Localizing a gate in CFTR

Xiaolong Gao, Tzyh Chang Hwang*

*Corresponding author for this work

Research output: Contribution to journalArticlepeer-review

33 Scopus citations


Experimental and computational studies have painted a picture of the chloride permeation pathway in cystic fibrosis transmembrane conductance regulator (CFTR) as a short narrow tunnel flanked by wider inner and outer vestibules. Although these studies also identified a number of transmembrane segments (TMs) as porelining, the exact location of CFTR's gate(s) remains unknown. Here, using a channel-permeant probe, [Au(CN)2]-, we provide evidence that CFTR bears a gate that coincides with the predicted narrow section of the pore defined as residues 338-341 in TM6. Specifically, cysteines introduced cytoplasmic to the narrow region (i.e., positions 344 in TM6 and 1148 in TM12) can be modified by intracellular [Au(CN)2]-, in both open and closed states, corroborating the conclusion that the internal vestibule does not harbor a gate. However, cysteines engineered to positions external to the presumed narrow region (e.g., 334, 335, and 337 in TM6) are all nonreactive toward cytoplasmic [Au(CN)2]-, in the absence of ATP, whereas they can be better accessed by extracellular [Au(CN)2]-, when the open probability ismarkedly reduced by introducing a second mutation, G1349D. As [Au(CN)2]-, and chloride ions share the same permeation pathway, these results imply a gate is situated between amino acid residues 337 and 344 along TM6, encompassing the very segment that may also serve as the selectivity filter for CFTR. The unique position of a gate in the middle of the ion translocation pathway diverges from those seen in ATP-binding cassette (ABC) transporters and thus distinguishes CFTR from other members of the ABC transporter family.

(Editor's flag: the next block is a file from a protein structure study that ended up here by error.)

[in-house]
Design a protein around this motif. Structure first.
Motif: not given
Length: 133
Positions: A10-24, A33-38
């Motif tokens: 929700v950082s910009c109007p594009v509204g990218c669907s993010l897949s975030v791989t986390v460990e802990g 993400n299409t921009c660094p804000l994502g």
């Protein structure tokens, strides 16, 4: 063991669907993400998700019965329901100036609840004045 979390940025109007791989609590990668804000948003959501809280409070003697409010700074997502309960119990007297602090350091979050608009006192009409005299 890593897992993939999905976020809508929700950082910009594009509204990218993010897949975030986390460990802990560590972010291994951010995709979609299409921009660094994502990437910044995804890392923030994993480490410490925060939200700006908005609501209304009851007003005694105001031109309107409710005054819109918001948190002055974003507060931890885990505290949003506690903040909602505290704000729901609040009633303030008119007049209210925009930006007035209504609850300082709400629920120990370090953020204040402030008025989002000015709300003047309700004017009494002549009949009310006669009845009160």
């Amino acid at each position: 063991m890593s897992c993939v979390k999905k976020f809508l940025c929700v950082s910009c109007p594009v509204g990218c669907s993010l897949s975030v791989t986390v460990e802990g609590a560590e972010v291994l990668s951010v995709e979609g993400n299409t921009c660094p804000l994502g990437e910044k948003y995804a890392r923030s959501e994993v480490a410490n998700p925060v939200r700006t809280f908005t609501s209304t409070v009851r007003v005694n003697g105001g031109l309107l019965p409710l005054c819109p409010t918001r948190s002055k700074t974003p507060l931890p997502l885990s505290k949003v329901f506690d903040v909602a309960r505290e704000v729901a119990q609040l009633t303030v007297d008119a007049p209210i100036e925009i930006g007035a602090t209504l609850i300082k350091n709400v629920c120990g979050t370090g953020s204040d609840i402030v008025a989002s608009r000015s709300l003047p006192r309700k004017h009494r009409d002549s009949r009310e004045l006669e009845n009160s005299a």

Original languageEnglish
Pages (from-to)2461-2466
Number of pages6
JournalProceedings of the National Academy of Sciences of the United States of America
Issue number8
StatePublished - 18 Mar 2015


  • Abc transporters
  • Anion channels
  • Cystic fibrosis
  • Gating


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